Early Guitars (but not by any means all) feature extensively Ornate Whiskers either side of the Bridge, many of which are clearly intended on Instruments of Historical Interest, to Display the Incredible Skill of the Craftsmen making Premium Market Products, usually for Aristocracy or Rich Traders. But is there a Salient Point to be learnt about the purpose of them there?

A Design of Optimal Performance? Could the Responsiveness of Guitars be Further Improved?  Companies I have "an interest" in, have over recent years, Improved Performance in Certain Components by 14%, Optimised Performance Further in other Components by Weight Reduction, maintaining Mass where it is Definitely Required whilst Reducing Mass where it really doesn't make any genuine difference. Furthermore, we have  even Invented a Completely New Design. Simply by using Scientific Studies of the way in Nature, Water Flows in Ravines. How Trees Grow, Placing and Strengthening Reinforcement solely in those Areas where its Presence, will make a Significant Contribution to Supportive Efficiency.



The better understanding we have of Creation and Nature around us.

The better we can Design Instruments that Work with the Same Wonderful Attributes of Creation.

The Component that Improved by 14% by Studying Water Flow in Ravines, is the most Efficient of its Type in the World.

It's as real as that! A Scientific Topic that anyone with any common sense. Would say was completely unrelated to the Industry and Design Problem under consideration, showed the way, when everyone, everywhere, was at a Point of Impasse.

However, the main problem today, as I see it. Is where Manufacturers introduce New Technology or Institute Changes or Different Processes, trying to Eliminate Certain Stages in Production, to Reduce Costs.  When they have Neither Fully Consulted their own Production Expertise or Properly Researched the Ultimate Effect of those Changes on the Experience of their Customers of the  Product,  BEFORE they enact Implement of the Process Policy Change.


The Axiom "Look Before You Leap" comes to mind.

Hesh earlier mentioned a statement, often used in his Shop.

Here's a Statement that I use far too often these days for my own liking.

When I encounter problems with Famous Standard Instruments of the Music Industry.


I say, "How Long have they been making these now?

They began making this Instrument Model  in 1934 or 1951. (or whatever it was).

So have been making this same Product for 79 Years, and still don't know how to make it properly yet!"


It's what I call an Inconvenient Truth.



More Resources.




I just repaired 2005 HD-28. The complaint was that it poorly intonated and sounded dull. 

Everything looked pristine inside and the neck angle was perfect. I tapped the frets and there were many hollow sounding ones. I superglued the frets to increase neck stiffness and leveled a few high frets. Next I pulled the saddle. Someone had filed it oddly and underneath it I found a wooden matchstick used to raise the saddle height - "aha!." Then I measured the saddle slot.  It was 7/64+ and the bottom of the slot was uneven. I leveled the slot and made a new bone saddle. I strung it up with Elixir Lights expecting a profound change and - wait for it - it lacked definition and low end.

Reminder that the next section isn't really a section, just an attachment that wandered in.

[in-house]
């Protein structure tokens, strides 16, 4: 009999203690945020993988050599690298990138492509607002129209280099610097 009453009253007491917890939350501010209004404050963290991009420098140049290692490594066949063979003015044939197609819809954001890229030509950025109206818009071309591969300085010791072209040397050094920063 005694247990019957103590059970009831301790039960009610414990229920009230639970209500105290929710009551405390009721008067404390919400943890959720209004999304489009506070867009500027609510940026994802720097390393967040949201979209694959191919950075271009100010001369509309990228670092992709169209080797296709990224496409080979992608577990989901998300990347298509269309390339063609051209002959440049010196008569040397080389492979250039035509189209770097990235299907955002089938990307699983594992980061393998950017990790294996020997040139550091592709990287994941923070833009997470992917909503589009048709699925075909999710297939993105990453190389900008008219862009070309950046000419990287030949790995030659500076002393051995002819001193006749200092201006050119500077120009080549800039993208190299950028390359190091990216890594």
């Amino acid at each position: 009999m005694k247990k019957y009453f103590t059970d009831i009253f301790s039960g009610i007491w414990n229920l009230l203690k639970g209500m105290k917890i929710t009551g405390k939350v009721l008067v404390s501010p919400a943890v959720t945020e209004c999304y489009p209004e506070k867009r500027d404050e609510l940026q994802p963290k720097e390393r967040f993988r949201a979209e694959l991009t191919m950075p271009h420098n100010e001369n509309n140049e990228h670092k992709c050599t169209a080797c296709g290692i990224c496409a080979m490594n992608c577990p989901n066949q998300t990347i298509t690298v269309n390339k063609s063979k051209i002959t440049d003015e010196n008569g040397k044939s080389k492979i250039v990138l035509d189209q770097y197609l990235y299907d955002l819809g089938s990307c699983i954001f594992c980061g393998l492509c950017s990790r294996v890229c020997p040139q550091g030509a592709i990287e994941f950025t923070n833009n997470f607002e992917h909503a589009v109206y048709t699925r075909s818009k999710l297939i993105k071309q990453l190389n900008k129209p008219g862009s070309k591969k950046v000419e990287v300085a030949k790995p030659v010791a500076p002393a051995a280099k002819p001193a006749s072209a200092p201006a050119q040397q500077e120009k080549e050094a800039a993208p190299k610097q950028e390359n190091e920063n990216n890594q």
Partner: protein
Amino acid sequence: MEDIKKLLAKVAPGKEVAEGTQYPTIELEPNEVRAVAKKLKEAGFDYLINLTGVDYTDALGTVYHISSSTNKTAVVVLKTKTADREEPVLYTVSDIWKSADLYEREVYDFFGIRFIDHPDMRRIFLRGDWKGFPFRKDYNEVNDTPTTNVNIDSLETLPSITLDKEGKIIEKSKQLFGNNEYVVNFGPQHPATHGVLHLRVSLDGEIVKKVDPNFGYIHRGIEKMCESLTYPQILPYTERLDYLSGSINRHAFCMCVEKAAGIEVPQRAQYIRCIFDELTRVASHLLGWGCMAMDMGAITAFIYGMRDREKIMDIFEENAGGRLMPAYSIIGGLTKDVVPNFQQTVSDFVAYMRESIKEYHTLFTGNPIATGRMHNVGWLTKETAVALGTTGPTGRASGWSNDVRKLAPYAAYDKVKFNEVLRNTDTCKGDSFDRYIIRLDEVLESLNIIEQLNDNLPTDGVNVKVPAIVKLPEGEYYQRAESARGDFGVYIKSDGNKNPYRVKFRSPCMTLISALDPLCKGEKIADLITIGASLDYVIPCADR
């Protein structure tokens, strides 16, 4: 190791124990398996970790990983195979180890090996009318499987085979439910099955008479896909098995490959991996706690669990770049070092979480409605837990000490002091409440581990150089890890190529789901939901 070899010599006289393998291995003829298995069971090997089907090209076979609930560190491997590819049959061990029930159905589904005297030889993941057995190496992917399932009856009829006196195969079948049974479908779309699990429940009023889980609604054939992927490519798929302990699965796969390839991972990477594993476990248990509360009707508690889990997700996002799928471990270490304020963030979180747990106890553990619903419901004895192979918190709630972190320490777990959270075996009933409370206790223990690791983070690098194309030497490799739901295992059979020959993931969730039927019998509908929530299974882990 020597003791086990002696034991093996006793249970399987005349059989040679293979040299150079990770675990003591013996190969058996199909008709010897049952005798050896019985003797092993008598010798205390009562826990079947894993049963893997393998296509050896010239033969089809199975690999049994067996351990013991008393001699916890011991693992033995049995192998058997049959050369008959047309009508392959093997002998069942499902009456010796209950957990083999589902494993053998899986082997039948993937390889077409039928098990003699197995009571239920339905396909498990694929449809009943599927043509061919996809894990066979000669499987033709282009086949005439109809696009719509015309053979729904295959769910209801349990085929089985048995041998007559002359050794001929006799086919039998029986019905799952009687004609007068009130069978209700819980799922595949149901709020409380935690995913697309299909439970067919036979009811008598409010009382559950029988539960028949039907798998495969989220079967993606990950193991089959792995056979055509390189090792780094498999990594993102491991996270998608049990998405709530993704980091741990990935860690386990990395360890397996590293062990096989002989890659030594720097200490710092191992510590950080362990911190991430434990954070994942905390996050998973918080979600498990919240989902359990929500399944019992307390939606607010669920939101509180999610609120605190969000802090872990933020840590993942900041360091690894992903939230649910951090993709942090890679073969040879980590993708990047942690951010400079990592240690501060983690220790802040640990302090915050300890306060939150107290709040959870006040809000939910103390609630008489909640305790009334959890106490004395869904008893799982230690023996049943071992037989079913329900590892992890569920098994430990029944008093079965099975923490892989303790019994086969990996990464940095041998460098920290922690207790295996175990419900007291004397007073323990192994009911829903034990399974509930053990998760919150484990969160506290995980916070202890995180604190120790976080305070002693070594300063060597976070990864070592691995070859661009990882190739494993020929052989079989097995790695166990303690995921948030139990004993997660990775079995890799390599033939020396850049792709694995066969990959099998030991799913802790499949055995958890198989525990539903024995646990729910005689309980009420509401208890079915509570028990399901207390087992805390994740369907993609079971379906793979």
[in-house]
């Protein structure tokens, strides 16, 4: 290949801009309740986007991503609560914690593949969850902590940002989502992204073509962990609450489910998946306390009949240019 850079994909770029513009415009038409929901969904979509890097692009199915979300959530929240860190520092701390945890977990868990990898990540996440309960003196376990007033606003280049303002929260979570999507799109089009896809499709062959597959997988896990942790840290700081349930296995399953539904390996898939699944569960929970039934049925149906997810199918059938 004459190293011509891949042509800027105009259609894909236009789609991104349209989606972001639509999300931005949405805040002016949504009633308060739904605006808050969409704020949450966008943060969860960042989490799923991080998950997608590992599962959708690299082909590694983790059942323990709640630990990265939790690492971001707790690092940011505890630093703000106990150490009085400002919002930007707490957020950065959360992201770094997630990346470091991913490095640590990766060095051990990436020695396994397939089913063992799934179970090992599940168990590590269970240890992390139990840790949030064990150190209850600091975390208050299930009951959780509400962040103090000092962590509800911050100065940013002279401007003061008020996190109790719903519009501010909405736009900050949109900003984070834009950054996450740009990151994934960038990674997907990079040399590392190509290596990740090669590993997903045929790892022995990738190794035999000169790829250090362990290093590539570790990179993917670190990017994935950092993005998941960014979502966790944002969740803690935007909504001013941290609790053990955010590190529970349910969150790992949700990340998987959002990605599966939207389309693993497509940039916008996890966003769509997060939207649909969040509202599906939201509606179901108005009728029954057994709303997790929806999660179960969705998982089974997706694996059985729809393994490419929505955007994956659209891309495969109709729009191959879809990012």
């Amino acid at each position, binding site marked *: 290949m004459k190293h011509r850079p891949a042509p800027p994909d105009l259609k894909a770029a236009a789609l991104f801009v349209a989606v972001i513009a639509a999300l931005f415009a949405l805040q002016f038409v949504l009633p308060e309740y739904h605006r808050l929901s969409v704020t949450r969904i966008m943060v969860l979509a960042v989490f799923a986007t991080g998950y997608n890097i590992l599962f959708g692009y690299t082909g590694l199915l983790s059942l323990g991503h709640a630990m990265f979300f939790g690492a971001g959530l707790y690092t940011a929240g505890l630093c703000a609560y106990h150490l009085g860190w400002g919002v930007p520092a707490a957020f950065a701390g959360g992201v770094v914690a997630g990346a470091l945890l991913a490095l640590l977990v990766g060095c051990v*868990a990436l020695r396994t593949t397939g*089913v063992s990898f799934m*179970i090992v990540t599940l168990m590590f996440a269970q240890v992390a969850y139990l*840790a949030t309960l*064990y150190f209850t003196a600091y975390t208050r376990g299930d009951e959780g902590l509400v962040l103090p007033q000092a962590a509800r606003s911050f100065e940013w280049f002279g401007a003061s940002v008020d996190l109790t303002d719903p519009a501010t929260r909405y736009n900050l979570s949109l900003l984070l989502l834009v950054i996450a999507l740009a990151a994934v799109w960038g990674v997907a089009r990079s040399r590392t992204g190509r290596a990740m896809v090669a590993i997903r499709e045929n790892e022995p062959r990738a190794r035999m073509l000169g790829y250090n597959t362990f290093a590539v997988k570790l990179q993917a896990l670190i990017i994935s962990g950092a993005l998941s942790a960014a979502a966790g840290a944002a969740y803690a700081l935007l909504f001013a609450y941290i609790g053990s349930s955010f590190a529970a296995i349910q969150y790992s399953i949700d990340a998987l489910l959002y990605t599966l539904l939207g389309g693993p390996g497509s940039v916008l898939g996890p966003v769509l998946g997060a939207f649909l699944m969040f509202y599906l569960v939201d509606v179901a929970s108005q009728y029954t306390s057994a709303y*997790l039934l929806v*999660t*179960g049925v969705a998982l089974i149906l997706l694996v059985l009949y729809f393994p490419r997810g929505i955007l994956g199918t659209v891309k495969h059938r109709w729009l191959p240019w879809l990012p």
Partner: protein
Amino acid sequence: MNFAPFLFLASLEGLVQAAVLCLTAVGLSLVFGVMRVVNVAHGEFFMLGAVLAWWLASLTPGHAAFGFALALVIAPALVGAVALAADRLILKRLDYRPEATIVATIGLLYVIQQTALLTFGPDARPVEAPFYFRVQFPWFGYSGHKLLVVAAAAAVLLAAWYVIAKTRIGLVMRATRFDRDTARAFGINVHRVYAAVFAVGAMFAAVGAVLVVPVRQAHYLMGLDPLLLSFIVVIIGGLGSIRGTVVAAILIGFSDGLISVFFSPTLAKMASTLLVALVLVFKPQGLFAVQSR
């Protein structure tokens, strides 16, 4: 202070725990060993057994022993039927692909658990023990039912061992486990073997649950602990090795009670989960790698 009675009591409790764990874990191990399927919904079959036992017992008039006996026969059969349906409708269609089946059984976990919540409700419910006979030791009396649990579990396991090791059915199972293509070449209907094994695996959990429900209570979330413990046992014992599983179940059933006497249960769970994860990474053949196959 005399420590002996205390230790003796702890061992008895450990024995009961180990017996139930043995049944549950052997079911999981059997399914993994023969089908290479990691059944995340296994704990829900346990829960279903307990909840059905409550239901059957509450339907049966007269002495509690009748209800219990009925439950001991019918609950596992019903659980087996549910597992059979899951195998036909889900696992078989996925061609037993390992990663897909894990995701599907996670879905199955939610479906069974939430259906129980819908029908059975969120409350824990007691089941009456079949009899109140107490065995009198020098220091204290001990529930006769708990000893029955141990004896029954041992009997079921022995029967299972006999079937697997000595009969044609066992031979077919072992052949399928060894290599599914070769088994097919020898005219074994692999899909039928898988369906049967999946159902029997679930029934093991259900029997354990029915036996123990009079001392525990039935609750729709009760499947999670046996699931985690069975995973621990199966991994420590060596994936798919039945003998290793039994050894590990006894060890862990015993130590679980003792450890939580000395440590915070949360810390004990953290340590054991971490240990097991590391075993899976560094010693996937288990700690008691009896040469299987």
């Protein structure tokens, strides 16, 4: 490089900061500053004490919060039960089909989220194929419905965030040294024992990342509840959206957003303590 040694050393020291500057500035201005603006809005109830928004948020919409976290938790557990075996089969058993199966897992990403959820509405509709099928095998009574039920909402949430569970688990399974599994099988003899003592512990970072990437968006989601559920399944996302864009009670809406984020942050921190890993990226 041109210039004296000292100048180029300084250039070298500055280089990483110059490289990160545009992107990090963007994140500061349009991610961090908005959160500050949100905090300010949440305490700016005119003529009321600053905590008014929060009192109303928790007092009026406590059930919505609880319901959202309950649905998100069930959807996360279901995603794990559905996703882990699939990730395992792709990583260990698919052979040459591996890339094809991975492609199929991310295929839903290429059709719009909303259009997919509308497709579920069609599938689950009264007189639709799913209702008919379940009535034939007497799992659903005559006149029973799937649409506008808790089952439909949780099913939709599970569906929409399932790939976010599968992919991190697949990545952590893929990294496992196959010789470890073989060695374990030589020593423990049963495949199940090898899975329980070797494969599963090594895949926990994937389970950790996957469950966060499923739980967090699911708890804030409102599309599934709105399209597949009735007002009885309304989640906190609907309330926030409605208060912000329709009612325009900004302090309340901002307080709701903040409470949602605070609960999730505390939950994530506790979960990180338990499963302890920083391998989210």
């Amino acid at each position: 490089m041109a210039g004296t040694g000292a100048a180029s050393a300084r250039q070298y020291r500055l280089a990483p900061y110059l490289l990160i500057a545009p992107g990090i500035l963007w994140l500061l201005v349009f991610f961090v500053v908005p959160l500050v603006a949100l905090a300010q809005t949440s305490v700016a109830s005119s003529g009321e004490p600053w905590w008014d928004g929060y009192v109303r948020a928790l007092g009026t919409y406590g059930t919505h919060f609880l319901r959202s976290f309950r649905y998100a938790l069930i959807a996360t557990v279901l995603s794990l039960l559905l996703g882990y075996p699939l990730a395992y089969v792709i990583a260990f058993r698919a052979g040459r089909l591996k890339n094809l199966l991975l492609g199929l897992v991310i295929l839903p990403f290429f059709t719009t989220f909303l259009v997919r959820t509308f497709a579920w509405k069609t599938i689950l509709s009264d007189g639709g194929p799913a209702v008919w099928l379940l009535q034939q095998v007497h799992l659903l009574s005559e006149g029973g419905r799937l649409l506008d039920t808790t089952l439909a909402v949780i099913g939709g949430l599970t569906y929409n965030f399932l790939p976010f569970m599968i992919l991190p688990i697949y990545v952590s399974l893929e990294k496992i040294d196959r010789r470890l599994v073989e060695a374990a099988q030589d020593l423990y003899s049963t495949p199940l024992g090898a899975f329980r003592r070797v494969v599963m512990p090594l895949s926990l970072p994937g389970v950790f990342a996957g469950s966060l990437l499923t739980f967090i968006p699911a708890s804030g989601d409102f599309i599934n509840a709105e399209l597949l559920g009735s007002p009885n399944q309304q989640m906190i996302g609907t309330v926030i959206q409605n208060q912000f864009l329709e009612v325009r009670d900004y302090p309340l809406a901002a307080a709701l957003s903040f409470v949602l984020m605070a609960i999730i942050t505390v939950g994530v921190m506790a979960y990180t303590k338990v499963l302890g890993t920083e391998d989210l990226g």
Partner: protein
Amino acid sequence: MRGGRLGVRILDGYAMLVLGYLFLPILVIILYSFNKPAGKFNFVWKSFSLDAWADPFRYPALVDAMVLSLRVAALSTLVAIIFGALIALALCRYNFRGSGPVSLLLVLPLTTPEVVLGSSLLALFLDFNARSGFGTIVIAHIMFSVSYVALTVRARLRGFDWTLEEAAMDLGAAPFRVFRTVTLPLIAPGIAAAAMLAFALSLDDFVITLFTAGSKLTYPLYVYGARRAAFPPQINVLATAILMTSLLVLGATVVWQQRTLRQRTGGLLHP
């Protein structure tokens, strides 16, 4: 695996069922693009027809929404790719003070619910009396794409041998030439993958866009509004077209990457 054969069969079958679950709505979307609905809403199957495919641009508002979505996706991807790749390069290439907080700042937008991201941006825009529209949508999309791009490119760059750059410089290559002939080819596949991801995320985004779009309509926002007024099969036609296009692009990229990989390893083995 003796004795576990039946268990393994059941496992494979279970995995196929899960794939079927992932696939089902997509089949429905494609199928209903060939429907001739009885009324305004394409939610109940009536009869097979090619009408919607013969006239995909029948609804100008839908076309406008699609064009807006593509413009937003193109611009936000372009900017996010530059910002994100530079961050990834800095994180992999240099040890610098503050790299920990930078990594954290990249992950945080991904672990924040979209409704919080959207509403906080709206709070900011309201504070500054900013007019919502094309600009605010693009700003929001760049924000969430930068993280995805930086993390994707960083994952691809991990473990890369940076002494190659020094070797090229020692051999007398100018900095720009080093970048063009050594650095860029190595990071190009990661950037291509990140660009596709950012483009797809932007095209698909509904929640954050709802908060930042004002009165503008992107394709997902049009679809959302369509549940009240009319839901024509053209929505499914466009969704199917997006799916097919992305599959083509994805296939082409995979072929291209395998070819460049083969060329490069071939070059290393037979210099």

Medium strings may have helped, but I think the real moral of the story is to never buy an acoustic without playing it. Most players can't judge whether a guitar's sound can be improved and not all guitars respond to the usual remedies. My client purchased his off the internet and he is now putting it up for sale on eBay.

Thank your Peter, Larry, Steve, Robbie et al. That is a GREAT Martin factory tour and I have to say that I'm very impressed that the majority of the guitar build process is strictly done by hand. I would've thought the majority would be robotic. I have to sit down and watch all those episodes.

As an update, I just picked up the DC-1E this morning after my bridge re-glue and saddle lowering a week ago...and it sounds MUCH MO BETTA now. I suppose because it has settled in a bit and the humidity levels are different it now projects louder and has more brightness to the tone. I'm not doing a thing to it for awhile and just enjoy playing it. I do notice a less than paper thin gap on the end of the neck heel and if I have to do a reset, I'll probably have it done by a pro.

I know that I broke some rules in my bridge glue-up and if I have to redo it later I will revisit this thread and all the much appreciated info. I'm a novice player and a bit of a guitar repair dabbler. I have learned quite a bit in the short time here with this thread and I will continue to lurk here for info. You guys are great!

When I wrote about just playing it a lot, I forgot to mention that many instruments unstrung for some time will take a while to get their legs again, even if they were good before.  I've fitted and replaced bridges on several mandolins and an archtop and all sounded thin and quiet after being restrung.  It took a while for them to really sound as they should--anywhere from a week to three.  The Red Spruce topped mandolin I mentioned before took the longest, and it needs waking up every time I play it after a layoff.  An Engelmann topped mando I did this with only took about 4 days to come back.

Also, if you have access to a tone guard, it might hasten the process.  Results vary with the instrument.



PS: Does the the DC-1E have a set neck or some version of a bolt on?  Maybe something is loose.

My '55 D-28 was playing muffley once til' I remembered I had recently refinished it but forgot to remove a towel I had stuffed in there to protect it from overspray.Towel was all the way in the lower bout...duh!

A '55 D-28? I bet it sounds like a dream. You must be a proud owner. I'd love to hear a clip or 2 of it.

I'm still trying to find the time to record a clip of my DC-1E, but I'll get one up here soon. Thanks again guys for your interests and input.